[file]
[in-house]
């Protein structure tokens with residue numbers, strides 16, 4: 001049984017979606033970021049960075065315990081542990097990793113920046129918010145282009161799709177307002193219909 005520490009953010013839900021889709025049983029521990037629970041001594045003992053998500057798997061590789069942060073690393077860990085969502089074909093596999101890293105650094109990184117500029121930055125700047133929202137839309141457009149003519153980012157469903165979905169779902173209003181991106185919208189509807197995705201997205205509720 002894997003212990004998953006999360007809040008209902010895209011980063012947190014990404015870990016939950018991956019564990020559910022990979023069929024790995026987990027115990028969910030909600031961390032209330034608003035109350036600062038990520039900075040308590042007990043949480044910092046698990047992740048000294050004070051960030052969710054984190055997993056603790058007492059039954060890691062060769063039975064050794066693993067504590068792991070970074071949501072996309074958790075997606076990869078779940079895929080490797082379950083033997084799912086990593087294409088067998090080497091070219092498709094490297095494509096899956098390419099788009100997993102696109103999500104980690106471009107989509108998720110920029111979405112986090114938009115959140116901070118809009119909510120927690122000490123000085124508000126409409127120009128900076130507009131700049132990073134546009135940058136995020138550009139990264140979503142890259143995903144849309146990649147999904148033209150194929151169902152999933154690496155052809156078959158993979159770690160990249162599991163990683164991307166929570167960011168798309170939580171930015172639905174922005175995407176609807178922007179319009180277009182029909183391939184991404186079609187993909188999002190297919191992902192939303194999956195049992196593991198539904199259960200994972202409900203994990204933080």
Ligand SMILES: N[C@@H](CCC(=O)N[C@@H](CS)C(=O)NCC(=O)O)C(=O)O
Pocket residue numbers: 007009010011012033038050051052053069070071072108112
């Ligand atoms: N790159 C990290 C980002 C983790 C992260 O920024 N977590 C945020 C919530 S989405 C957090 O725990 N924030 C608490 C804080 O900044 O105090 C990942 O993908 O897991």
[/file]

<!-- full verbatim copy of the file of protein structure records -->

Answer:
[in-house]
């Protein structure tokens with residue numbers, strides 16, 4: 001049984017979606033970021049960075065315990081542990097990793113920046129918010145282009161799709177307002193219909 005520490009953010013839900021889709025049983029521990037629970041001594045003992053998500057798997061590789069942060073690393077860990085969502089074909093596999101890293105650094109990184117500029121930055125700047133929202137839309141457009149003519153980012157469903165979905169779902173209003181991106185919208189509807197995705201997205205509720 002894997003212990004998953006999360007809040008209902010895209011980063012947190014990404015870990016939950018991956019564990020559910022990979023069929024790995026987990027115990028969910030909600031961390032209330034608003035109350036600062038990520039900075040308590042007990043949480044910092046698990047992740048000294050004070051960030052969710054984190055997993056603790058007492059039954060890691062060769063039975064050794066693993067504590068792991070970074071949501072996309074958790075997606076990869078779940079895929080490797082379950083033997084799912086990593087294409088067998090080497091070219092498709094490297095494509096899956098390419099788009100997993102696109103999500104980690106471009107989509108998720110920029111979405112986090114938009115959140116901070118809009119909510120927690122000490123000085124508000126409409127120009128900076130507009131700049132990073134546009135940058136995020138550009139990264140979503142890259143995903144849309146990649147999904148033209150194929151169902152999933154690496155052809156078959158993979159770690160990249162599991163990683164991307166929570167960011168798309170939580171930015172639905174922005175995407176609807178922007179319009180277009182029909183391939184991404186079609187993909188999002190297919191992902192939303194999956195049992196593991198539904199259960200994972202409900203994990204933080």
Ligand SMILES: N[C@@H](CCC(=O)N[C@@H](CS)C(=O)NCC(=O)O)C(=O)O
Pocket residue numbers: 007009010011012033038050051052053069070071072108112
């Ligand atoms: N790159 C990290 C980002 C983790 C992260 O920024 N977590 C945020 C919530 S989405 C957090 O725990 N924030 C608490 C804080 O900044 O105090 C990942 O993908 O897991």